A new study, presented in February 2014 at the Society for Maternal-Fetal Medicine's annual Pregnancy Meeting, shows that a variant in SERPINE1, a gene that plays a significant role in blood clotting and inflammation, is likely associated with cerebral palsy and death in early preterm babies.
Premature births have been linked to a number of serious health conditions, but the recent study points specifically to the risk of cerebral palsy in significantly preterm babies. This is the second study that has found a gene variant to be associated with higher cerebral palsy risks. Cerebral palsy often develops shortly before or during childbirth, when an infant does not receive adequate oxygen to his or her brain. One of the study's authors stated publicly that since preterm birth is known to be the leading cause of childhood brain injury, this study may help open the gateway to the genetic identification of babies at an increased risk.
While many preterm births cannot be prevented, many physicians have been held accountable for infant cerebral palsy based on several factors, including the following:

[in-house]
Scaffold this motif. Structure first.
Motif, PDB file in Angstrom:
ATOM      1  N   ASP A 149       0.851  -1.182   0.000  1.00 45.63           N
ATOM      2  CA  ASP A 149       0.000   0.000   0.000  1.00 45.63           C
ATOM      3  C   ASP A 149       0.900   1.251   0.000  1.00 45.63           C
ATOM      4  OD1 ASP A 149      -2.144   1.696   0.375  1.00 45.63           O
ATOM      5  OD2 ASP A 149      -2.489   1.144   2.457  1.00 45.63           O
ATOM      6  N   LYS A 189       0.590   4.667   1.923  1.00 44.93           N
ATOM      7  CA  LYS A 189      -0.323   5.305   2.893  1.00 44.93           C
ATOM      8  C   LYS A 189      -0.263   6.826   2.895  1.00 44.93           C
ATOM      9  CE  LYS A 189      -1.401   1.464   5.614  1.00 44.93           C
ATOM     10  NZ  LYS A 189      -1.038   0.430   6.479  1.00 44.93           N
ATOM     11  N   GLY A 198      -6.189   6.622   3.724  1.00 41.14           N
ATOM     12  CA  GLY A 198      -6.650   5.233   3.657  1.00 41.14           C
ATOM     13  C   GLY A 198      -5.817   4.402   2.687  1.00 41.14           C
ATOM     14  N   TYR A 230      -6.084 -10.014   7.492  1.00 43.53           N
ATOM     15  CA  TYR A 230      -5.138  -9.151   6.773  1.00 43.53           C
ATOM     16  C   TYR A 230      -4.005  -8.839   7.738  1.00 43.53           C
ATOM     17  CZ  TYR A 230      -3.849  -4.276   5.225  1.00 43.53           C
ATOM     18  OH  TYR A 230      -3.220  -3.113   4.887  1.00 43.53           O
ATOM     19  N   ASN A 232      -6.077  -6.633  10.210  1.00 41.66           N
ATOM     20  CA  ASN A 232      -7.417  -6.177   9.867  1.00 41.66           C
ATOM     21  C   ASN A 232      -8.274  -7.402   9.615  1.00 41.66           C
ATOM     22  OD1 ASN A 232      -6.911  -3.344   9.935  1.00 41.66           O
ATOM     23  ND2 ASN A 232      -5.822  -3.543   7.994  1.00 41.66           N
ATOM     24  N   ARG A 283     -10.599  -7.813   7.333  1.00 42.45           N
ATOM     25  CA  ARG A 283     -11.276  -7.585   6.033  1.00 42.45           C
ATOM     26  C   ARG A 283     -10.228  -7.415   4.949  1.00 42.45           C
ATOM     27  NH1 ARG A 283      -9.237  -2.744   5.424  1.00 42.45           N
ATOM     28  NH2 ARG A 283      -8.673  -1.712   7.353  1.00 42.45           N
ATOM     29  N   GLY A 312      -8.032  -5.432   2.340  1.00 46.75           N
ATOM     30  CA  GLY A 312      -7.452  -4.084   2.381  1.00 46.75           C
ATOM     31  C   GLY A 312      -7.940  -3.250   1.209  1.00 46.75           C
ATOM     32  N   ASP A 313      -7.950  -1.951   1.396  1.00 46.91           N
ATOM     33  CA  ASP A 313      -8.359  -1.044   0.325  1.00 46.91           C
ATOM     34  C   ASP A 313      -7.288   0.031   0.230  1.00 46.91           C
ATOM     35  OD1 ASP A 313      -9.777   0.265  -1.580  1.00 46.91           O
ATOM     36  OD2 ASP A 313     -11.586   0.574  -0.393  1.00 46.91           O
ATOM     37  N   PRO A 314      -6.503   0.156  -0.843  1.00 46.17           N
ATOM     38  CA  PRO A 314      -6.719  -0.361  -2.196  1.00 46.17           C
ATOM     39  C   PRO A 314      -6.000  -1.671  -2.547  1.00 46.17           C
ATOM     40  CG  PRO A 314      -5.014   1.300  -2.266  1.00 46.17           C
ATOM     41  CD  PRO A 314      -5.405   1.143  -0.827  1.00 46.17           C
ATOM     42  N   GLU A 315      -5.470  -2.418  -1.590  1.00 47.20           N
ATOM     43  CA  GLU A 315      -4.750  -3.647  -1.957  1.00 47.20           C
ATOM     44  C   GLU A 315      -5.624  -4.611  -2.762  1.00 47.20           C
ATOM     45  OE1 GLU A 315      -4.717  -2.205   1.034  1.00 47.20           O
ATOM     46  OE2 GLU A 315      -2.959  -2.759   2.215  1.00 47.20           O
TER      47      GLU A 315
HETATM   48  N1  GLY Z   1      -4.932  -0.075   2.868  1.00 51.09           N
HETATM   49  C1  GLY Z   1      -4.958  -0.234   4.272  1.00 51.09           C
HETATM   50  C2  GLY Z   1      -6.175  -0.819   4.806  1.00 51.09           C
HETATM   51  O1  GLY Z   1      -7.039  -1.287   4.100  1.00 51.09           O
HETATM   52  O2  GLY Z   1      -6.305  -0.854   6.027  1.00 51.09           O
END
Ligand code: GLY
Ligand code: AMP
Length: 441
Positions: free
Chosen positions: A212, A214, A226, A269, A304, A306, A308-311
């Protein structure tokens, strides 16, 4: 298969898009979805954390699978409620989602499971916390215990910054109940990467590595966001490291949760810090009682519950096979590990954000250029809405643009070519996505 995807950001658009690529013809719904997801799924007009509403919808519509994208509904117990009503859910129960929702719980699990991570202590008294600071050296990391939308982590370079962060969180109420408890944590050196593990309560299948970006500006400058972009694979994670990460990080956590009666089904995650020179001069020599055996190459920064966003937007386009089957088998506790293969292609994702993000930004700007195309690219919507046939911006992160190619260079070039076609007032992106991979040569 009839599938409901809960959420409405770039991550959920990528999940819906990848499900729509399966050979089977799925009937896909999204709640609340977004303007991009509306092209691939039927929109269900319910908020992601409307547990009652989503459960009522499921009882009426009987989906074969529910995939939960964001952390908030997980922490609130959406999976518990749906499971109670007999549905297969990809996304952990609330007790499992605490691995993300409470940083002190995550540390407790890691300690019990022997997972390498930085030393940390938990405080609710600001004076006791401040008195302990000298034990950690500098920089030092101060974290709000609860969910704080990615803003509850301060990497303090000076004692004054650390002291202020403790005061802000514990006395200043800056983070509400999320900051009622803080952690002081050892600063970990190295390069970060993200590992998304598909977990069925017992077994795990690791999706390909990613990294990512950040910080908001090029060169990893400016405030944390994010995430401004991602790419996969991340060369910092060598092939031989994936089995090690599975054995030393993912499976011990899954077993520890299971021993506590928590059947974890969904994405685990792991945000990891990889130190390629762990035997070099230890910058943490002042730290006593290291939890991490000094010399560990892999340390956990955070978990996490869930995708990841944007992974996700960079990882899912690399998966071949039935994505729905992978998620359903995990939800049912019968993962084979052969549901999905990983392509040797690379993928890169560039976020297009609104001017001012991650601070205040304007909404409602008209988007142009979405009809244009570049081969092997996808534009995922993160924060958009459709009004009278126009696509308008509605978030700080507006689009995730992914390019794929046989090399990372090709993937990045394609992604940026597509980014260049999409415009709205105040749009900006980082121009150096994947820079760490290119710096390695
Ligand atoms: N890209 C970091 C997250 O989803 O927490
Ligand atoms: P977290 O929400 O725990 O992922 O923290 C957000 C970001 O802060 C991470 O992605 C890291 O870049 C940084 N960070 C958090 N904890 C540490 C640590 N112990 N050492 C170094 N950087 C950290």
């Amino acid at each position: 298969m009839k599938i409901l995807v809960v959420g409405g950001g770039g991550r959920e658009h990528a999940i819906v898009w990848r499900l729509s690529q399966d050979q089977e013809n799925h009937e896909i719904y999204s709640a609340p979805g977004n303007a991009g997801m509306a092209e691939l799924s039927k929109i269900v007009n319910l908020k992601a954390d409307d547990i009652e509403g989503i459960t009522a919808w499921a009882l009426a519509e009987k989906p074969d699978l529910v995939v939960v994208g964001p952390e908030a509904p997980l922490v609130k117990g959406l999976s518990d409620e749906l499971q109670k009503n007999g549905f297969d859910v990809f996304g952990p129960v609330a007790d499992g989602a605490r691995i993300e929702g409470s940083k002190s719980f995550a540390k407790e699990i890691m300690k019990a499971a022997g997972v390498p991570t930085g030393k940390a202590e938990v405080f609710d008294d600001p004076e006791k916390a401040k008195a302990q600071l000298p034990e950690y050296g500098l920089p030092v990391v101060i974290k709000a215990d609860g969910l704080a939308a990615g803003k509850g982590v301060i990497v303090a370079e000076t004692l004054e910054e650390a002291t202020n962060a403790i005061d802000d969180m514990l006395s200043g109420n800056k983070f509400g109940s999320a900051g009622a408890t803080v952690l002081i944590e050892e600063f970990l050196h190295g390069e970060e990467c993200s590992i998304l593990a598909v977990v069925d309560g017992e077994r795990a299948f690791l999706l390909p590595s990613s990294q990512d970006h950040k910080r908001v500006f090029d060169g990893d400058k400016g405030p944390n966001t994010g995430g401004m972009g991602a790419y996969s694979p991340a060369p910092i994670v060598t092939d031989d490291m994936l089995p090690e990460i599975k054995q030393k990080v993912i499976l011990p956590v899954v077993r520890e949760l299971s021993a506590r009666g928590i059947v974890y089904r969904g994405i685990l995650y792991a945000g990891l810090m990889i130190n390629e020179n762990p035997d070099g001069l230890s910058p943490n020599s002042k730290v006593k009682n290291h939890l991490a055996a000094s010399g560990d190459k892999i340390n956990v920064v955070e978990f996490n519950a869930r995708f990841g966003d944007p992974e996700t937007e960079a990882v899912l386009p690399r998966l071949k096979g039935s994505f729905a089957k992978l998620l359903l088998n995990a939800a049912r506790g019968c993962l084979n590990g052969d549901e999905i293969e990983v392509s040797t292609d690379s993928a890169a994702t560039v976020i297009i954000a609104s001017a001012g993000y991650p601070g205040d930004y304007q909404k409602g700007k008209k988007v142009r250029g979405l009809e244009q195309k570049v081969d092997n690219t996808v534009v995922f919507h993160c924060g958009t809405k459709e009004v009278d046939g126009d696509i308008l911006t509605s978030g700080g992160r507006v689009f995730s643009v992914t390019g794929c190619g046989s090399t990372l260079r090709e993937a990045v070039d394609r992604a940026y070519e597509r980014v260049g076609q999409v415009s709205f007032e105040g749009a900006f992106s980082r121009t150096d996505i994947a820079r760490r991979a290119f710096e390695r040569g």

- Failure to respond to changes in the fetus's vitals during labor
- Failure to order specific tests during pregnancy
- Refusal to perform a Caesarean section when the fetus is clearly in distress
- Excessive use of vacuum extraction
Results from the collaborative study, conducted by the Eunice Kennedy Shriver NICHD Maternal-Fetal Medicine Units and Neonatal Research Networks, may also help to place greater emphasis on the importance of early genetic testing in identifying increased infant cerebral palsy risk.
If you believe medical negligence contributed to your child's cerebral palsy or other birth injury, seek legal guidance from a professional who can investigate the issue and help you explore your options. If you choose to file a lawsuit alleging malpractice in Chicago or elsewhere in Illinois, your attorney provides valuable knowledge, advice and emotional support. Contact Jeffrey M. Goldberg Law Offices today.